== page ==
Name: Carl Leighton-Pope
When did you become a manager?
In 1972, I managed a college band called Sassafras. When they split up, I became an agent for Dire Straits, Simple Minds and Pattie Smith. As a manager, UFO was my first big act. Now, I'm an agent again. I've represented Van Morrison, Bonnie Tyler and Bryan Adams, who I still work with.
What does management mean to you?
Advising my clients. A manager chooses when to tour, when to release records. If they're good in interviews, put them in that situation, if they're not, don't. In the '70s, if you drove the van and got the money after the gig, you were the manager. Now, there's TV, publishing, video deals, sponsorships. But it's still an amateur industry - no degree, no schooling. You learn by your mistakes.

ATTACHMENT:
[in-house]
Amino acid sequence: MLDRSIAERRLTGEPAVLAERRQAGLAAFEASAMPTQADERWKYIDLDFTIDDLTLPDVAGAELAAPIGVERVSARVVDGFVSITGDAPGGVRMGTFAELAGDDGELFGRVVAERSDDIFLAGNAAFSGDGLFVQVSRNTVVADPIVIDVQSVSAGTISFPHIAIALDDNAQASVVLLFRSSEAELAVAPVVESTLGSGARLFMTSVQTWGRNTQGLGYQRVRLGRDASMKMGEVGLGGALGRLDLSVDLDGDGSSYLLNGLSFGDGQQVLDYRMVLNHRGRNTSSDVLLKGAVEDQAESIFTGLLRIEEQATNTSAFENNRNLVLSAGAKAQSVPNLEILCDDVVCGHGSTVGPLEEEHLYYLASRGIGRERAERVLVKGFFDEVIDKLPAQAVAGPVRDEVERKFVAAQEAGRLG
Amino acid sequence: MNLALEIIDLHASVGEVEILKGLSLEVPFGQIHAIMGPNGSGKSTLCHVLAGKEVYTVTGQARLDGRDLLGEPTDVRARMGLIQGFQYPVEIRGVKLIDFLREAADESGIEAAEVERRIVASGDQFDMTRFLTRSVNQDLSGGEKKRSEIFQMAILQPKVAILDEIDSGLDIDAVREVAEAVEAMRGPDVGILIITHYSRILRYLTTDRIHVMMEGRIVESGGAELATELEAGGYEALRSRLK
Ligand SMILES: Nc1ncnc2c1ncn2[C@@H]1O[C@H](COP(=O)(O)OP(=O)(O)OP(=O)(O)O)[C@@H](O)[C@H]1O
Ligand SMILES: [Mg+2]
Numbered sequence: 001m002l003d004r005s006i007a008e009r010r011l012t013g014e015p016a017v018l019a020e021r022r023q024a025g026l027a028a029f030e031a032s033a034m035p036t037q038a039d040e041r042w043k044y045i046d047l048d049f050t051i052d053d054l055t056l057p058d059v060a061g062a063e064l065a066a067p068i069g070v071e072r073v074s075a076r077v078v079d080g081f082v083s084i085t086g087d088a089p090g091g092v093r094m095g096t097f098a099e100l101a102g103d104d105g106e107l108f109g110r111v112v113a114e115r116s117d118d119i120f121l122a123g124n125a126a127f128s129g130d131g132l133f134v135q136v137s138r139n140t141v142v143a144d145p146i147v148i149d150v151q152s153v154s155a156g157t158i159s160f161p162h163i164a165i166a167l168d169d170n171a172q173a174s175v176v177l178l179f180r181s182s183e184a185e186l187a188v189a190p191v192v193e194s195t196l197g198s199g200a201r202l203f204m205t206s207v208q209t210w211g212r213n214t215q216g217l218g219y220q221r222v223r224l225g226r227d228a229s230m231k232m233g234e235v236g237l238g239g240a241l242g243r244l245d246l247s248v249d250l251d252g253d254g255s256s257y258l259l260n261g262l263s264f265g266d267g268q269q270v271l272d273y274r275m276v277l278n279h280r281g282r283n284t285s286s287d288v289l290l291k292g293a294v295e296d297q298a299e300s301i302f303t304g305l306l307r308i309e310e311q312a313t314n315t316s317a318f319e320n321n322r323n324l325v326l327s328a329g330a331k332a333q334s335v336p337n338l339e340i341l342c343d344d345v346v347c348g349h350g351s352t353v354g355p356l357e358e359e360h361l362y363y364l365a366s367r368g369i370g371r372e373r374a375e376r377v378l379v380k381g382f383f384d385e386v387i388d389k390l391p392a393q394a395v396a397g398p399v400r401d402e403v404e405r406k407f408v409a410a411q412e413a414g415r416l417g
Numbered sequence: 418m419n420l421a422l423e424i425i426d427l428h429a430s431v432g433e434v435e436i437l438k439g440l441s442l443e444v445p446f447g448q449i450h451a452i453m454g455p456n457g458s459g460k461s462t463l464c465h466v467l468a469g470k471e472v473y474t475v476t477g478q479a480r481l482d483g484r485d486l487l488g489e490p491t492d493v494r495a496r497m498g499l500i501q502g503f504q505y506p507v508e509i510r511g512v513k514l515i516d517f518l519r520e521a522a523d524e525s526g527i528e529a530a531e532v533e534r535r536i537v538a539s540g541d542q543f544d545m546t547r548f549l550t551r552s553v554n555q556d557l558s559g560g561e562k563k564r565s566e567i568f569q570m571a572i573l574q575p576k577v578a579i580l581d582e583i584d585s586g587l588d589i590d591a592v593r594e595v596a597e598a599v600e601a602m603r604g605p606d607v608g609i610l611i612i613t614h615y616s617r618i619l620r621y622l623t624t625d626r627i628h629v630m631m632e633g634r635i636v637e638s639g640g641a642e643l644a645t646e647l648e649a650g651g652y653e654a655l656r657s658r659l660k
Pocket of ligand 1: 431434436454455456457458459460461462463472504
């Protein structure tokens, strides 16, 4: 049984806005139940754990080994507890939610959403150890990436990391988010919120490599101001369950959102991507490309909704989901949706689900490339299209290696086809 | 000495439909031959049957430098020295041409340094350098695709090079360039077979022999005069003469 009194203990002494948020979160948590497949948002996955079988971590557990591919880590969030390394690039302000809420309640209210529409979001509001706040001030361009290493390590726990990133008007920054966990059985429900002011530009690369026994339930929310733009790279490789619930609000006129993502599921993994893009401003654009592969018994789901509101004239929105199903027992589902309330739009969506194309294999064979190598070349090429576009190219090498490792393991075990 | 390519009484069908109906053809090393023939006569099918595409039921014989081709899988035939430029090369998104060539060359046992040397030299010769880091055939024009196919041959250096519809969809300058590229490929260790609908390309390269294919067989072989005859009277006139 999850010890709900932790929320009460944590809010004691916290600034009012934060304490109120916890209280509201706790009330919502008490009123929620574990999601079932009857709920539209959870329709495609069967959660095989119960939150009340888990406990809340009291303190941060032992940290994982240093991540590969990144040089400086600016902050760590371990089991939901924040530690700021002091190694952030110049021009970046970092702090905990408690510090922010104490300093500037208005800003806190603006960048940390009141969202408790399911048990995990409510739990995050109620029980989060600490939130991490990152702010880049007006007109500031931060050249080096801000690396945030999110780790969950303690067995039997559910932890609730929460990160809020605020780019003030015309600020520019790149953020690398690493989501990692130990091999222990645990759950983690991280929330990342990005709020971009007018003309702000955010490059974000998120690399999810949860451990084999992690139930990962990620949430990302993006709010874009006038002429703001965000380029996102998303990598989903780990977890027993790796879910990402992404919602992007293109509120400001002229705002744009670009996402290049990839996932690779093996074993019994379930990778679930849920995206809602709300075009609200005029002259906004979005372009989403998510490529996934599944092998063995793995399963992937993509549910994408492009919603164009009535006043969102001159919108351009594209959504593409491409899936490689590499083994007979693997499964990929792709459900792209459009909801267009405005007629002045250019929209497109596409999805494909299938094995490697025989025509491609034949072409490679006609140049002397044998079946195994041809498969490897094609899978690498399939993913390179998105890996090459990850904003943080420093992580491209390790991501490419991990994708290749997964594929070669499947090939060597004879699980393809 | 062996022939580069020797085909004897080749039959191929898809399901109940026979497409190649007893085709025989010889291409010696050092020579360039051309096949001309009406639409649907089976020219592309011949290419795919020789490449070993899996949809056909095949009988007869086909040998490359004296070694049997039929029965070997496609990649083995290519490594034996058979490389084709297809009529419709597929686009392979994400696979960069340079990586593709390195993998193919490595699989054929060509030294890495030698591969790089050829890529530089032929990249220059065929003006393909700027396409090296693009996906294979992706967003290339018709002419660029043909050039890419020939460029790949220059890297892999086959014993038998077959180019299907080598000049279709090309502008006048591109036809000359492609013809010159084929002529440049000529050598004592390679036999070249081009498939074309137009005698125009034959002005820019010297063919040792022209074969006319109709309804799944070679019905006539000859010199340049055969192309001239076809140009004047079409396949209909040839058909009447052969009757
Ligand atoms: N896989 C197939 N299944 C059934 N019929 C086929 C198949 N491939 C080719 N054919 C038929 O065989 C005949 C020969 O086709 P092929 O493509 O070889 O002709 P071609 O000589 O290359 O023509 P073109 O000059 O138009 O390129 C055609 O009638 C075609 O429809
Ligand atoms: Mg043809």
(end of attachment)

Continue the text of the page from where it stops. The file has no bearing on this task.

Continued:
What do you love/hate about it?
I love the adrenaline - sell-out concerts, hit records - but it's unbelievably demanding. I have no hobbies.
I avoided drink and drugs so that I could run a business and still be at my son's rugby match.